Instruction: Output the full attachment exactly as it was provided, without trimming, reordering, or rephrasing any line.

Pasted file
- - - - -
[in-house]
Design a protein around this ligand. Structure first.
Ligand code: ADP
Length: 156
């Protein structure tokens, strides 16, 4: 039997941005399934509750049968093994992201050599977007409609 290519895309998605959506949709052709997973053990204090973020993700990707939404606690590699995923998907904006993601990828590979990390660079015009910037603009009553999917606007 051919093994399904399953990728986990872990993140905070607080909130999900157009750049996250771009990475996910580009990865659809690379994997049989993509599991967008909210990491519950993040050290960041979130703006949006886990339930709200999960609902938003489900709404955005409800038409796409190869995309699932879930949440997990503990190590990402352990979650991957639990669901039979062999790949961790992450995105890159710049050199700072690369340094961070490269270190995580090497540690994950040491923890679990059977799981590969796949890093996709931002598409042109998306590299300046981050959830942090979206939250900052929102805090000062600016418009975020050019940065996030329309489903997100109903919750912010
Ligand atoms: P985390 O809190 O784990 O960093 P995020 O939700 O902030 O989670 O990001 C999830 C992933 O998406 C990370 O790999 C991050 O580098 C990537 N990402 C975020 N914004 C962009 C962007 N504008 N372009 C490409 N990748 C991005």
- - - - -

[in-house]
Design a protein around this ligand. Structure first.
Ligand code: ADP
Length: 156
């Protein structure tokens, strides 16, 4: 039997941005399934509750049968093994992201050599977007409609 290519895309998605959506949709052709997973053990204090973020993700990707939404606690590699995923998907904006993601990828590979990390660079015009910037603009009553999917606007 051919093994399904399953990728986990872990993140905070607080909130999900157009750049996250771009990475996910580009990865659809690379994997049989993509599991967008909210990491519950993040050290960041979130703006949006886990339930709200999960609902938003489900709404955005409800038409796409190869995309699932879930949440997990503990190590990402352990979650991957639990669901039979062999790949961790992450995105890159710049050199700072690369340094961070490269270190995580090497540690994950040491923890679990059977799981590969796949890093996709931002598409042109998306590299300046981050959830942090979206939250900052929102805090000062600016418009975020050019940065996030329309489903997100109903919750912010
Ligand atoms: P985390 O809190 O784990 O960093 P995020 O939700 O902030 O989670 O990001 C999830 C992933 O998406 C990370 O790999 C991050 O580098 C990537 N990402 C975020 N914004 C962009 C962007 N504008 N372009 C490409 N990748 C991005």